Gold prices kept modest losses on the day and largely ignored the worst GDP contraction in U.S. history in the post-World War II era.
The advance estimate of the second-quarter gross domestic product showed that the U.S. economy contracted at an annual rate of 32.9% versus the expected 34.1%, the U.S. Commerce Department said on Thursday. This comes after real GDP decreased 5% in Q1.
The Q2 record contraction was due to “the response to COVID-19, as ‘stay-at-home’ orders issued in March and April were partially lifted in some areas of the country in May and June, and government pandemic assistance payments were distributed to households and businesses. This led to rapid shifts in activity, as businesses and schools continued remote work and consumers and businesses canceled, restricted, or redirected their spending,” the report said.
The drop in economic activity was led by declines in personal consumption expenditures (PCE), exports, private inventory investment, nonresidential fixed investment, residential fixed investment, and state and local government spending.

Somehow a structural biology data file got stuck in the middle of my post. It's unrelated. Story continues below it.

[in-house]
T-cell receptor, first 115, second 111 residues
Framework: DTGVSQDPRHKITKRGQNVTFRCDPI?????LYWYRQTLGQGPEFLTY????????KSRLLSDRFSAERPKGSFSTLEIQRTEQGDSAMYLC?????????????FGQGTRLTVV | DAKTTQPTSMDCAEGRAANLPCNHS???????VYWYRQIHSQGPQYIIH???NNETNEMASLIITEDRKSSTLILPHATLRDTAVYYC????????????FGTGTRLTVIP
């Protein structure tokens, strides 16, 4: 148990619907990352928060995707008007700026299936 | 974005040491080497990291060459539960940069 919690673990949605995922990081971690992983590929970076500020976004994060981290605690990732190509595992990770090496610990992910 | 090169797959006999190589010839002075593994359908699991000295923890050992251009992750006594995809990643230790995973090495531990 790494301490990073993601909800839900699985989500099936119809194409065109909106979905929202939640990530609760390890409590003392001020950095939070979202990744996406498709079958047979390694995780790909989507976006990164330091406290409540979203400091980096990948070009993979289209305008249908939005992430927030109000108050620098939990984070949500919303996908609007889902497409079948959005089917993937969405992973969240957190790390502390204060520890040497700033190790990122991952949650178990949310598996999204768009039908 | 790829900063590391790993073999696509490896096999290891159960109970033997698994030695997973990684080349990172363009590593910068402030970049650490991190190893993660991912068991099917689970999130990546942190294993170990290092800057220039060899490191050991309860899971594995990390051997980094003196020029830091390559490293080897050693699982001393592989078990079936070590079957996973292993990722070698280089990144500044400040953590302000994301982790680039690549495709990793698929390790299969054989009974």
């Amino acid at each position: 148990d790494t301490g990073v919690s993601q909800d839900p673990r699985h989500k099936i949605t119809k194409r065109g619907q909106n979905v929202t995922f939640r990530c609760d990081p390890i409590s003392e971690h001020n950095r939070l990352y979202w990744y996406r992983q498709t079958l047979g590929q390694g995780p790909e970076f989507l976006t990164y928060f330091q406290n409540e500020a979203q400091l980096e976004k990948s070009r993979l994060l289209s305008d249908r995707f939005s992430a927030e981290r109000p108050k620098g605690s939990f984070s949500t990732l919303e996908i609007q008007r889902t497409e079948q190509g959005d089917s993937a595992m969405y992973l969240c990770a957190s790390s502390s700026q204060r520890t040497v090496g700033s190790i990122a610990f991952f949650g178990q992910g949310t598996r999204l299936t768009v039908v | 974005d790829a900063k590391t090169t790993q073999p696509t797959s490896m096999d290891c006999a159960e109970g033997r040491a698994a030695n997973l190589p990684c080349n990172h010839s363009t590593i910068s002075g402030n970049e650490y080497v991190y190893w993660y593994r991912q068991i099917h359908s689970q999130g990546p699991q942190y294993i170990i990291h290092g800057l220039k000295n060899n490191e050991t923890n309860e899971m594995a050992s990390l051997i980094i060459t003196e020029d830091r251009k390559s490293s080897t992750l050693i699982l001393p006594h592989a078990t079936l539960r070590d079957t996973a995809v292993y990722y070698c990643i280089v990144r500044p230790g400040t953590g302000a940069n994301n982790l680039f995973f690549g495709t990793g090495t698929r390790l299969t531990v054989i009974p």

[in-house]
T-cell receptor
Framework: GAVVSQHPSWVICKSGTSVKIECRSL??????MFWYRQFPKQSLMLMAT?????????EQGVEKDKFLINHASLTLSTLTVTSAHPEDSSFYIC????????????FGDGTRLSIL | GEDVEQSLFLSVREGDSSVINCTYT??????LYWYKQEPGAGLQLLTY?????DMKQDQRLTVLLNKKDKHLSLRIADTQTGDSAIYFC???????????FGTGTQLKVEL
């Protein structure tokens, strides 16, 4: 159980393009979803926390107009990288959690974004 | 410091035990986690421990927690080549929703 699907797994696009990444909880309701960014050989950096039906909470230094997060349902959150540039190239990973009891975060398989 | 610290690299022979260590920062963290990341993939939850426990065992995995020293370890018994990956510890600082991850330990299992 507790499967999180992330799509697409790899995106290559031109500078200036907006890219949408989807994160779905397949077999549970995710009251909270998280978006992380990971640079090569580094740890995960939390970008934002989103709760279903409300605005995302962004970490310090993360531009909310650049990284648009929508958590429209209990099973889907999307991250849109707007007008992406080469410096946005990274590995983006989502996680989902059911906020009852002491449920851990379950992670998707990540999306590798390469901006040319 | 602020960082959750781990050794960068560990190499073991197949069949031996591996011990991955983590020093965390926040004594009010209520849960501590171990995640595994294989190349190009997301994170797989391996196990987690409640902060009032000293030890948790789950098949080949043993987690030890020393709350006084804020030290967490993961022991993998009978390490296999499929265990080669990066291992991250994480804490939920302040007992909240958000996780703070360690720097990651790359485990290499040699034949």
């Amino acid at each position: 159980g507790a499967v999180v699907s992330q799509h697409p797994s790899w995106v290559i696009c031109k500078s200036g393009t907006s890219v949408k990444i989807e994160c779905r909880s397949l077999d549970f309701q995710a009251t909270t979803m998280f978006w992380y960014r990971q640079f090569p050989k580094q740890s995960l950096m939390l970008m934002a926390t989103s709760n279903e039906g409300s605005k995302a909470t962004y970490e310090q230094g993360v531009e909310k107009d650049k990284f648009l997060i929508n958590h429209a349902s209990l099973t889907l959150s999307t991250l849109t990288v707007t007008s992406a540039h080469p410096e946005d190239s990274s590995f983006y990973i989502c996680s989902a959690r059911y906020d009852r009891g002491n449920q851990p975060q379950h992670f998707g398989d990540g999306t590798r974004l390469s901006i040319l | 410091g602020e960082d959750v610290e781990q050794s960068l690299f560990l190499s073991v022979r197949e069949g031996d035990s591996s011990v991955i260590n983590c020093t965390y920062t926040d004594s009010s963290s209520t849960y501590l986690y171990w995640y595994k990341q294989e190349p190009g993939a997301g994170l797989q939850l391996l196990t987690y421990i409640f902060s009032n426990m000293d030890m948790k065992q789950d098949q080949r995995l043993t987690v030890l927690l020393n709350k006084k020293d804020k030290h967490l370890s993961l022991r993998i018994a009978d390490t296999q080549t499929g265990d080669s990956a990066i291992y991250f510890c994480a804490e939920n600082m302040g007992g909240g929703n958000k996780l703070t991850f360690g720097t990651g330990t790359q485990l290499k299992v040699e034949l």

On the inflation front, the PCE price index fell 1.9% in Q2 compared to a rise of 1.3% in Q1. Core PCE, which strips out volatile food and energy prices and is the Federal Reserve’s preferred inflation metrics, decreased 1.1% compared to an increase of 1.6% posted in the prior quarter. The core measure was below analysts’ expectations of an advance of 1%.
The Q2 contraction was less severe than expected but did impact large parts of the U.S. economy, said Avery Shenfeld, chief economist of CIBC World Markets Inc.
“The 32.9% annualized dive in real GDP was a bit less severe than expected, but captured a wide swath of the economy that was shuttered by a public health crisis, as well as what might have been an unsustainably quick reopening. Households had money to spend, as government benefits lifted incomes sharply, but the savings rate jumped to over 25% as so many avenues for spending were restricted. Business investment wasn’t quite as weak as we expected, but unlike households, we don’t see as much pent up demand there given slack in the economy. For consumers, government decisions over extended benefits, as well as the control of the virus needed to keep retail and service outlets open, will be key,” Shenfeld said.